Sunday, April 24, 2016

How to Make the Perfect Tie Dye Shirt!

After 15 years of doing tie dye t-shirts with my kinders and second graders, I can officially say I have it down to a science!  Each year, I still make my own shirt and currently have more shirts than someone over the age of 10 should have.  If you are taking on the task of tie dye, read below and I hope these tips help you!   

I usually have 2-3 parent volunteers help out- although it’s not necessary, you’ll want them for your sanity.

What I’ve learned:

  •         I always use the Jacquard kits and even though they say it makes 15 shirts, I always buy between 2-3 kits (for 25 shirts) otherwise we run out of dye.  If you use the 40% coupon found at most craft stores, they aren’t too expensive and the kits can be found online as well.

  •             Even though the kit comes with gloves and rubber bands, I always pick up dishwashing gloves and rubber bands at the dollar store because the gloves cover a lot more and the rubber bands are easier for the kids to stretch around the shirt.  You'll need about 3-4 rubber bands per shirt.

So here it goes

You’ll need the following supplies:

You will need 2-3 Jacquard Tie Dye Kits from A.C. MOORE, Micheals or any other craft store. 
1 set of dishwashing gloves for each volunteer. *Even though they have gloves in the kit, you’ll be happier and cleaner with these!
1 large plastic tablecloth to go over the table.
3-4 large aluminum trays (ex. lasagna/roasting size)
1 bag of rubber bands
1 container baby wipes
1 roll of paper towels
Ziploc bags (labeled with child's name) * get the real-deal- the cheaper versions might not seal well.

Prior to tie-dyeing:

You’ll need to size up your kids for the t-shirts.  I always go bigger since the shirts are 100% cotton and they’ll want to wear them next year (my 2nd graders got mostly larges with a few mediums).
I buy the 100% cotton (very important) Hanes undershirts as they always hold the colors the best.

Put the child’s name on the inside collar with a sharpie prior to soaking in the soda ash.

Next, send home the t-shirts and the soda ash (from the kit) with a parent (or do it yourself) to soak the t-shirts for at least 20 minutes. I always leave it in longer. Wring them out and bring them back to school damp. They will feel a bit slimy.

                          For tie-dyeing:

I mix the dye colors with very warm/hot water and shake them up quite well (they’ll cool down while the kids are twisting the shirts).  Sometimes the nozzle gets clogged, so keep a paper clip handy to unclog it. The DVD is great to watch if you've never done it before.

I partner up my kids- one kid will twist the shirt and the other is responsible for opening up the rubber bands for them to put around their shirt.  Make sure the table you twist the shirt on is really clean!  Any marker residue will go on your shirt. The kit has a great video on the different styles- spiral, bullseye, etc.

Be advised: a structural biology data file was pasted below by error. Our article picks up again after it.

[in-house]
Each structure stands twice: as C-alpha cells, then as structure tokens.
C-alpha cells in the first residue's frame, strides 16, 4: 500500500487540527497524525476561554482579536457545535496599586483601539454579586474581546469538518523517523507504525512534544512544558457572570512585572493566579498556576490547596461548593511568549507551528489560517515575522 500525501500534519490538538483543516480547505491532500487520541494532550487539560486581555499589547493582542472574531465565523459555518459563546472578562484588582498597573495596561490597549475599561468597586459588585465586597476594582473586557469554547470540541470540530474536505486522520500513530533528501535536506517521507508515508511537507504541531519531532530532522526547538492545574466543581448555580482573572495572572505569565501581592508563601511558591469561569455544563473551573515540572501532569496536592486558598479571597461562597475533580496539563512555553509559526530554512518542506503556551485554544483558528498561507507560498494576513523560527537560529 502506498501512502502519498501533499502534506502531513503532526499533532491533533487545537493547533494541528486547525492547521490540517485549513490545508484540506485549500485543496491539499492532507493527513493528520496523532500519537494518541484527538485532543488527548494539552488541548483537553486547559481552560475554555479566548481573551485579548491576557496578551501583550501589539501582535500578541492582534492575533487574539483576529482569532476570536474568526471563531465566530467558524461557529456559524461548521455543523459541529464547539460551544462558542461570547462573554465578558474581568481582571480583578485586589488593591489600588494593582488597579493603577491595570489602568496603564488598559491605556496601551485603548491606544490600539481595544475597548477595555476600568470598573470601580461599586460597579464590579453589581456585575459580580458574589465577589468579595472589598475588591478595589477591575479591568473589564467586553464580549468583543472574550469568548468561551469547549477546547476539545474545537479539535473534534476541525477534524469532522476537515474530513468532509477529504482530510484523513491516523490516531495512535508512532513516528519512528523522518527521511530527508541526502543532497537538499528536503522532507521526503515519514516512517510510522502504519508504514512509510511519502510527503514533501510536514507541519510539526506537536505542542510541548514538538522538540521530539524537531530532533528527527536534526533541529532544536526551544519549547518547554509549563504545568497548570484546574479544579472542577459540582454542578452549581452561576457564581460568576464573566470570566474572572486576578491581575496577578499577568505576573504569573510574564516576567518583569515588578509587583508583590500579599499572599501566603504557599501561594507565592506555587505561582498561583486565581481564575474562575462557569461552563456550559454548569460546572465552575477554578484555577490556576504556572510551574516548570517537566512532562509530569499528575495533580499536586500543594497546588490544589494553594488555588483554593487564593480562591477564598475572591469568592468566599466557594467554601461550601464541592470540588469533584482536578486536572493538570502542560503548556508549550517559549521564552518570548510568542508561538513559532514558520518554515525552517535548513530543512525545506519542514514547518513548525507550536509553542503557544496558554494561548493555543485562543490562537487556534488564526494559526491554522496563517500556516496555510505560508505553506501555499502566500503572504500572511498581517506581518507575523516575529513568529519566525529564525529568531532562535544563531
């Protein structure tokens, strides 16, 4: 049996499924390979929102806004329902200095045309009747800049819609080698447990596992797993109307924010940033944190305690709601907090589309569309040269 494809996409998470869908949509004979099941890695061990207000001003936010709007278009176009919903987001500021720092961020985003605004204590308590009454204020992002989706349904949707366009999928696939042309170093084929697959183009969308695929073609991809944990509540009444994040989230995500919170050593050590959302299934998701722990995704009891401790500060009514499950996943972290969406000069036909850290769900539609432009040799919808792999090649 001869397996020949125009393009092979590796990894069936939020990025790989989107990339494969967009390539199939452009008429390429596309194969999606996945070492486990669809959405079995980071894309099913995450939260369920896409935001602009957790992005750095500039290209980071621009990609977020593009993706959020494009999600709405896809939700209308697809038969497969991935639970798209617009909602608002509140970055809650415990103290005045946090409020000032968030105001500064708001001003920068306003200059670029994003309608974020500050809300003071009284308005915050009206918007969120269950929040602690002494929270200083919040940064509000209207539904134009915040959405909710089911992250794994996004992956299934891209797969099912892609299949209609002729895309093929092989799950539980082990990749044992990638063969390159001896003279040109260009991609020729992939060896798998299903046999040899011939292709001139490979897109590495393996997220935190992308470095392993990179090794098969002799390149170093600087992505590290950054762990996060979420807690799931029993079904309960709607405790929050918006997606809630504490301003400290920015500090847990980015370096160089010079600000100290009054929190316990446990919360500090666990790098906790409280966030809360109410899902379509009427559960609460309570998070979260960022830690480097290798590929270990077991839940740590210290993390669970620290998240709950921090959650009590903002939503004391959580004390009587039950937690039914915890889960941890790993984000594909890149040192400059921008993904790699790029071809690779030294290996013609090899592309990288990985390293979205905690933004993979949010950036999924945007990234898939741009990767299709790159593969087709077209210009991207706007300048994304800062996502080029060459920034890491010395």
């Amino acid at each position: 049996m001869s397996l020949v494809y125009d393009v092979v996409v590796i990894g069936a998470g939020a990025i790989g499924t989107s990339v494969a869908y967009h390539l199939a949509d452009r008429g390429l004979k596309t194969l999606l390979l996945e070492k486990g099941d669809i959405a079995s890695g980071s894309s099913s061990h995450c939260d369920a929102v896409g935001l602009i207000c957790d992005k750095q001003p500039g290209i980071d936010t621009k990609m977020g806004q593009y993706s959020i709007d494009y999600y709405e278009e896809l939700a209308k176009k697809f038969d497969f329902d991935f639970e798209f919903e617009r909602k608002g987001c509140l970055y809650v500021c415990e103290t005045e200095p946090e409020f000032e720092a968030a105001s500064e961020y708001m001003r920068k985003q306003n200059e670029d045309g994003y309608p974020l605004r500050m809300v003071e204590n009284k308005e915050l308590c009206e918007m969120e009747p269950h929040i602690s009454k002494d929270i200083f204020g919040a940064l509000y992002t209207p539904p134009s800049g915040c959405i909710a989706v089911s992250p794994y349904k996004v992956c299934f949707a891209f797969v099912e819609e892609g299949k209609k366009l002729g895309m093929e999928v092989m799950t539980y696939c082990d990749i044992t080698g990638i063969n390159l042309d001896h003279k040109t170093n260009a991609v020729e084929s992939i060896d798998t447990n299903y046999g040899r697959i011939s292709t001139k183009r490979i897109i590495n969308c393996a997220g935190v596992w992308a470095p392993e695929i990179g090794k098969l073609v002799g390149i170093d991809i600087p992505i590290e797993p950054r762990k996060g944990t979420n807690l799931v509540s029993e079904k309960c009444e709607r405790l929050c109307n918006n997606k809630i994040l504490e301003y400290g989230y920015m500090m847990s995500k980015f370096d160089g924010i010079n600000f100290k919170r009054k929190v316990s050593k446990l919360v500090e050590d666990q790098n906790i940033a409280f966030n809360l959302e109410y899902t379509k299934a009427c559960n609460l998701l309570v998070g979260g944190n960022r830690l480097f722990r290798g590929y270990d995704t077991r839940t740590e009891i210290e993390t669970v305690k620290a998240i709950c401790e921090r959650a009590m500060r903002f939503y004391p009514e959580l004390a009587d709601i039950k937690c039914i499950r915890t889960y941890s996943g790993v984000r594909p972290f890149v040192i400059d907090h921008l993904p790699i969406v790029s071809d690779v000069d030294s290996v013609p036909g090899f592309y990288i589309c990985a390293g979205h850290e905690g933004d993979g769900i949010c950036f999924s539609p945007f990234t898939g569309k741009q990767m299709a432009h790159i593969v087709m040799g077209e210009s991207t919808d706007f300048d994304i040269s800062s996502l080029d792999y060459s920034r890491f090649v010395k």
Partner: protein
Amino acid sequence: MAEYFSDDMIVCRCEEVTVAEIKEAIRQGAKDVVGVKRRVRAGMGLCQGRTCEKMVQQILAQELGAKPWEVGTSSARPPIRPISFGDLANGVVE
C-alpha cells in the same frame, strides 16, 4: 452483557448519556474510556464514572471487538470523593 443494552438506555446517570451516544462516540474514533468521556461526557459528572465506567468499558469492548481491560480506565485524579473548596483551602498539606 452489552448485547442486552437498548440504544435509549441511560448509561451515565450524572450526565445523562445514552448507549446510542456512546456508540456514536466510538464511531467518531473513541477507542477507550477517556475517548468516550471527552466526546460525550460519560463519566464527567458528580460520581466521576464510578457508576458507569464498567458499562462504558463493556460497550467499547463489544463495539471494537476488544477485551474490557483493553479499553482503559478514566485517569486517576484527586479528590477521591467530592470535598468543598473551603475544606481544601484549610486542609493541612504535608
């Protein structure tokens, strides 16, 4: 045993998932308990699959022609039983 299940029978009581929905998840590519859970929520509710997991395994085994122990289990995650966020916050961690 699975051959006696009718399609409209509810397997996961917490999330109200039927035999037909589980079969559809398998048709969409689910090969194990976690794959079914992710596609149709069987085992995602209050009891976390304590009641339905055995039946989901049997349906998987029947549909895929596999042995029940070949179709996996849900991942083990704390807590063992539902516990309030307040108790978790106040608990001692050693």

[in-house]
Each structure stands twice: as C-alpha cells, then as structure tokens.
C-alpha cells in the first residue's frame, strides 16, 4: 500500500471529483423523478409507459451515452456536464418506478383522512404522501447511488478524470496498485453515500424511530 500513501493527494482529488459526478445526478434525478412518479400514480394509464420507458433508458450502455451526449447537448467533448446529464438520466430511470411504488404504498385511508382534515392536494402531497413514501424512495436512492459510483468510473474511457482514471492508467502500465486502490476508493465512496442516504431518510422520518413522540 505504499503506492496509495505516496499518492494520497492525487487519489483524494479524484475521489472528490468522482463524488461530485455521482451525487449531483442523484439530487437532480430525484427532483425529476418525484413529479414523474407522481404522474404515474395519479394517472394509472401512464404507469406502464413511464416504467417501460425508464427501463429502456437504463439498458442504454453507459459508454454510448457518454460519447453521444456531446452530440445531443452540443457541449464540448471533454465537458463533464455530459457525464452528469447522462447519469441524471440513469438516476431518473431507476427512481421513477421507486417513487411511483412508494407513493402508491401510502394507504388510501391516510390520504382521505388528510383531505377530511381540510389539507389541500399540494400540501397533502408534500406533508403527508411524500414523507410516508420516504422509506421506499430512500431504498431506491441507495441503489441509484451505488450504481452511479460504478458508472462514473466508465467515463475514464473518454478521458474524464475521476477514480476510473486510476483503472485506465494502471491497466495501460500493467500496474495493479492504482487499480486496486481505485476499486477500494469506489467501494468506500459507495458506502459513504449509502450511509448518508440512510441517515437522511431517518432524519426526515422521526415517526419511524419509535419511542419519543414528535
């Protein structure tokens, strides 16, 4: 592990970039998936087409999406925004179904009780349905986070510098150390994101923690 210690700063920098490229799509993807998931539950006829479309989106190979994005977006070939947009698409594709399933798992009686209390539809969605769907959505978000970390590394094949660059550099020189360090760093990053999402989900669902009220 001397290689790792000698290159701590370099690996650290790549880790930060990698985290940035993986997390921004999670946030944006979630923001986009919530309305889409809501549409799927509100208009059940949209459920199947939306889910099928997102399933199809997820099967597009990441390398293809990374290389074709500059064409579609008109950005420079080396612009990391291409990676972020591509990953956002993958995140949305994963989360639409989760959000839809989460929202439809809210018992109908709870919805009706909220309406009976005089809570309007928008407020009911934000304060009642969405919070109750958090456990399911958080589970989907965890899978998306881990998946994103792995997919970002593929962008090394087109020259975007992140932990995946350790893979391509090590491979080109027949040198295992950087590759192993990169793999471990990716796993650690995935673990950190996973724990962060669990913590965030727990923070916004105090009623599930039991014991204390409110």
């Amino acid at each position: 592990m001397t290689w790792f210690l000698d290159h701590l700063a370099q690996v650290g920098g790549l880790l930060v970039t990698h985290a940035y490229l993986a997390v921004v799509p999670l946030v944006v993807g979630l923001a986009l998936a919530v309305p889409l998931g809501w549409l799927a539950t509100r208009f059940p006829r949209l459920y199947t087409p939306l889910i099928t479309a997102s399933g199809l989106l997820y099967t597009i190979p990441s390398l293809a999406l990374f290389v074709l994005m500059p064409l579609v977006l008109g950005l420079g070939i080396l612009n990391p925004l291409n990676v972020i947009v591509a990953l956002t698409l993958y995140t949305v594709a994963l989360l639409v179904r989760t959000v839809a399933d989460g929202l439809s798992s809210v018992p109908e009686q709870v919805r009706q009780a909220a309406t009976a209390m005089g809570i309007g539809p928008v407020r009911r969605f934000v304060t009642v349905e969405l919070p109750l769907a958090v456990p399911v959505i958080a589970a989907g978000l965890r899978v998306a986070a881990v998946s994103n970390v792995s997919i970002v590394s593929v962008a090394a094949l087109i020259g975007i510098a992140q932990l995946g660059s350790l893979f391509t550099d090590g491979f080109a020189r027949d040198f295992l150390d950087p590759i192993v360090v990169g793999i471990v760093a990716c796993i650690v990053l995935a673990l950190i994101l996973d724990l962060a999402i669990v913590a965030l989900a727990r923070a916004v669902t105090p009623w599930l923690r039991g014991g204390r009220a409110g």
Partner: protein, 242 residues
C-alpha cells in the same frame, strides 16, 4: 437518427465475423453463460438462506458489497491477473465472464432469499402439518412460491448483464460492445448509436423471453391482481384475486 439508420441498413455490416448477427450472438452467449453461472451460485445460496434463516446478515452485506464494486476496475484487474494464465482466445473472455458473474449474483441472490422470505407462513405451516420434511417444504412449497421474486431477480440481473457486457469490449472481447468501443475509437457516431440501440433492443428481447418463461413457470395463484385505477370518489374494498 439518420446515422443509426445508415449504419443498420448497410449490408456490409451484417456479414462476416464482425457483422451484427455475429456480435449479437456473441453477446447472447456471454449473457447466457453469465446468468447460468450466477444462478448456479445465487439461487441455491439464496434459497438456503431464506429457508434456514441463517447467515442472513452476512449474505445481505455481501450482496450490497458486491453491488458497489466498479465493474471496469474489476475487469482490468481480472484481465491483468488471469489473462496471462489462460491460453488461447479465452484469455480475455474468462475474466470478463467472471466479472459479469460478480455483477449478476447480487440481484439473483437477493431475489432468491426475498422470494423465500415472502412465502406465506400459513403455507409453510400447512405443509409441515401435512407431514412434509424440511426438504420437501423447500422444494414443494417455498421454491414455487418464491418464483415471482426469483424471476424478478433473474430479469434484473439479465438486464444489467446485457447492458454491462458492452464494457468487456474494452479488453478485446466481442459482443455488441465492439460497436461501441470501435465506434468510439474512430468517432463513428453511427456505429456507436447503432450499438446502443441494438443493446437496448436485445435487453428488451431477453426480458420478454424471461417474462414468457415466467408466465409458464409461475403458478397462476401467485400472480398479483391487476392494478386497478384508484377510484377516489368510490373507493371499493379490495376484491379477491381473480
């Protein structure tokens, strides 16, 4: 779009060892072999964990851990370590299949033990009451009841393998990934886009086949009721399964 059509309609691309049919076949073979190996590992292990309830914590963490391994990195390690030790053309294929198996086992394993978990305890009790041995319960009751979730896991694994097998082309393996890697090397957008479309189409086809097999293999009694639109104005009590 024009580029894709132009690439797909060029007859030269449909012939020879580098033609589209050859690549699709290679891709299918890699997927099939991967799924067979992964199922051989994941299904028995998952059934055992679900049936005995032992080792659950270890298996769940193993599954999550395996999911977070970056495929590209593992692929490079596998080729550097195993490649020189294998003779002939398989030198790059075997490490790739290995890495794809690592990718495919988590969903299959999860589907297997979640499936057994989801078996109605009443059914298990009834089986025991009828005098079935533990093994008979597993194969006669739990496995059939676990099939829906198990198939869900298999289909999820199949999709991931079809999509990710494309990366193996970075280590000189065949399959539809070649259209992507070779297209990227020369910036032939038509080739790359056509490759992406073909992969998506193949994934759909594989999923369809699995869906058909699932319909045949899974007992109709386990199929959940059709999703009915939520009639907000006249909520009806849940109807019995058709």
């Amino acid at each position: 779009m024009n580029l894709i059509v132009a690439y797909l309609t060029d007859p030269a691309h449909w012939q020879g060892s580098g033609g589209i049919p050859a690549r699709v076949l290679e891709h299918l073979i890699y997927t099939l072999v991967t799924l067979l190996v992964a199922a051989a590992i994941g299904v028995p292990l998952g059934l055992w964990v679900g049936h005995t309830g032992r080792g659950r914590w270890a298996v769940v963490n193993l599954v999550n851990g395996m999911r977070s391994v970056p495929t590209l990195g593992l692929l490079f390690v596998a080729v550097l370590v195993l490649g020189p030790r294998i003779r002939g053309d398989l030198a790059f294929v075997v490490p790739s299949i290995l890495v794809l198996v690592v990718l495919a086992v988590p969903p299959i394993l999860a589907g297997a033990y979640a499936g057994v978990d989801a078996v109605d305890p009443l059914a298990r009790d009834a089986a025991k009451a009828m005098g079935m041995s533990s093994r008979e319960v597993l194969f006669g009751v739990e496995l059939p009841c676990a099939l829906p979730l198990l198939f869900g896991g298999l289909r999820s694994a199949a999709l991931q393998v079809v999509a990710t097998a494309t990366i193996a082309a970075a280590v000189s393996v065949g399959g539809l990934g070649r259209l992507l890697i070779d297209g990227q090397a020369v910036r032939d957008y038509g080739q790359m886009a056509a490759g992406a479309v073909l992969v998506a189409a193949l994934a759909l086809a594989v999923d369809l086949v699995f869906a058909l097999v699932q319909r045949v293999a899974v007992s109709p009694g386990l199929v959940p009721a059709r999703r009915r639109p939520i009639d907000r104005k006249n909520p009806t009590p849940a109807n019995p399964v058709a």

We do the 'pinch and twist' technique.

Squish the ends in.  

  I usually make sure their name is visible to make it easier when I call them to dye it.
We use three rubber bands to hold it in place. We make a 'plus sign' with the first two and add another one diagonally.

I usually have all the kids twist and rubber band their shirts and then work on an activity until I call them one at a time to dye their shirts.
Next, put the tablecloth on the table, put the shirt in the lasagna tray and have the child apply the dye.  Make sure the dye goes into the shirt, as well as on the outside, otherwise you will have a white middle.  It's a great time to discuss how to create other colors  such as green, orange and purple. 

Make sure you do NOT squeeze/wring the shirt as the dyes will combine and make a lovely brown =(   We do one side and flip the shirt over to do the other. Put the shirt in a labeled Ziploc and put to the side.

Clean the tray after EACH shirt with a paper towel or wet wipe. If you don’t, the dyes will pool and ruin the next shirt. 

No matter how you apply the dye, each shirt will come out unique and fabulous!!  I send home instructions (they are in the kit) with the parents so they can wash them. They need to wait 24 hours before washing them!

We wear our shirts on class trips and for class events- they look great! Here are some shirts we've made.

The next day I have my kids complete the How to Make a Tie Dye Shirt packet. We brainstorm what we did and try to make it into 6 steps. They did a great job using their temporal words.  Grab your own How to Packet for FREE here.  If you found this helpful for creating your own shirts, please let me know!


  1. This is a great post and very informative on how to tie dye properly. I've been wanting to do this with my kiddos. Thanks for sharing the how-to-booklet freebie too! Teacher Ms H ~ Third Is the Word

  2. Thanks for stopping by! Enjoy making the shirts with your kiddies- it's a blast!